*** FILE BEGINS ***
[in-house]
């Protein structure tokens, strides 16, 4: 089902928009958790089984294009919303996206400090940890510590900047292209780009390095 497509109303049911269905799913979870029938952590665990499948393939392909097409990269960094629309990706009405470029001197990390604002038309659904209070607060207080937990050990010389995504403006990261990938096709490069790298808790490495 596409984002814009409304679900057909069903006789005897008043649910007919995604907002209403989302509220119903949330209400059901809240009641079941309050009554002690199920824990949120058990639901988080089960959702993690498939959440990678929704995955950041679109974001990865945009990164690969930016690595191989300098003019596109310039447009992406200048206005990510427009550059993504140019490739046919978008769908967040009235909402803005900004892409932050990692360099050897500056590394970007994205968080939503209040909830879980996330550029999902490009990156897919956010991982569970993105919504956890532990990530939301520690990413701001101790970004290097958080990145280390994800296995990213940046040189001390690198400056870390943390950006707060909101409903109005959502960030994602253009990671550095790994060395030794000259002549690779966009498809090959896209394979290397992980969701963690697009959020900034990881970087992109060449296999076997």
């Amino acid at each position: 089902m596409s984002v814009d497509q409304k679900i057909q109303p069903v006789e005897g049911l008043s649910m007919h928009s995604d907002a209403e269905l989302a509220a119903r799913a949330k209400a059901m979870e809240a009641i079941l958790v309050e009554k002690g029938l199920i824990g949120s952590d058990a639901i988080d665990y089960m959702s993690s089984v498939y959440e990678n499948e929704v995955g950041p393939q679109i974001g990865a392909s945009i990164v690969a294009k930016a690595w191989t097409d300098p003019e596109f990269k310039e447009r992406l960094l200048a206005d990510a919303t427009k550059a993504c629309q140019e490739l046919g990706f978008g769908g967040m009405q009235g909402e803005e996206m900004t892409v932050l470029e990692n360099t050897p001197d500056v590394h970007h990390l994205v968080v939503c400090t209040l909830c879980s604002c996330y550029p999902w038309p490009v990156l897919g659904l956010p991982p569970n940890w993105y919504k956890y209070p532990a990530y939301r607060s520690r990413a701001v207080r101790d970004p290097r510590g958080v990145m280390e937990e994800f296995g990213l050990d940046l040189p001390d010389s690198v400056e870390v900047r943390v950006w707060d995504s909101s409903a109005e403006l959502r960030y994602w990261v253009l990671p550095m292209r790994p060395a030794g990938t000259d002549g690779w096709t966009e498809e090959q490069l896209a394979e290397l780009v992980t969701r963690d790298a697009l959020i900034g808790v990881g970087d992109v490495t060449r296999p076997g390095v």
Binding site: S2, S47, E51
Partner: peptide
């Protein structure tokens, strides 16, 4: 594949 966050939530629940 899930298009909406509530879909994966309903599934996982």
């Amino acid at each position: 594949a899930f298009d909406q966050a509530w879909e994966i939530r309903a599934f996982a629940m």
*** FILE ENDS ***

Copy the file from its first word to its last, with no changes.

[in-house]
């Protein structure tokens, strides 16, 4: 089902928009958790089984294009919303996206400090940890510590900047292209780009390095 497509109303049911269905799913979870029938952590665990499948393939392909097409990269960094629309990706009405470029001197990390604002038309659904209070607060207080937990050990010389995504403006990261990938096709490069790298808790490495 596409984002814009409304679900057909069903006789005897008043649910007919995604907002209403989302509220119903949330209400059901809240009641079941309050009554002690199920824990949120058990639901988080089960959702993690498939959440990678929704995955950041679109974001990865945009990164690969930016690595191989300098003019596109310039447009992406200048206005990510427009550059993504140019490739046919978008769908967040009235909402803005900004892409932050990692360099050897500056590394970007994205968080939503209040909830879980996330550029999902490009990156897919956010991982569970993105919504956890532990990530939301520690990413701001101790970004290097958080990145280390994800296995990213940046040189001390690198400056870390943390950006707060909101409903109005959502960030994602253009990671550095790994060395030794000259002549690779966009498809090959896209394979290397992980969701963690697009959020900034990881970087992109060449296999076997």
């Amino acid at each position: 089902m596409s984002v814009d497509q409304k679900i057909q109303p069903v006789e005897g049911l008043s649910m007919h928009s995604d907002a209403e269905l989302a509220a119903r799913a949330k209400a059901m979870e809240a009641i079941l958790v309050e009554k002690g029938l199920i824990g949120s952590d058990a639901i988080d665990y089960m959702s993690s089984v498939y959440e990678n499948e929704v995955g950041p393939q679109i974001g990865a392909s945009i990164v690969a294009k930016a690595w191989t097409d300098p003019e596109f990269k310039e447009r992406l960094l200048a206005d990510a919303t427009k550059a993504c629309q140019e490739l046919g990706f978008g769908g967040m009405q009235g909402e803005e996206m900004t892409v932050l470029e990692n360099t050897p001197d500056v590394h970007h990390l994205v968080v939503c400090t209040l909830c879980s604002c996330y550029p999902w038309p490009v990156l897919g659904l956010p991982p569970n940890w993105y919504k956890y209070p532990a990530y939301r607060s520690r990413a701001v207080r101790d970004p290097r510590g958080v990145m280390e937990e994800f296995g990213l050990d940046l040189p001390d010389s690198v400056e870390v900047r943390v950006w707060d995504s909101s409903a109005e403006l959502r960030y994602w990261v253009l990671p550095m292209r790994p060395a030794g990938t000259d002549g690779w096709t966009e498809e090959q490069l896209a394979e290397l780009v992980t969701r963690d790298a697009l959020i900034g808790v990881g970087d992109v490495t060449r296999p076997g390095v």
Binding site: S2, S47, E51
Partner: peptide
């Protein structure tokens, strides 16, 4: 594949 966050939530629940 899930298009909406509530879909994966309903599934996982």
């Amino acid at each position: 594949a899930f298009d909406q966050a509530w879909e994966i939530r309903a599934f996982a629940m």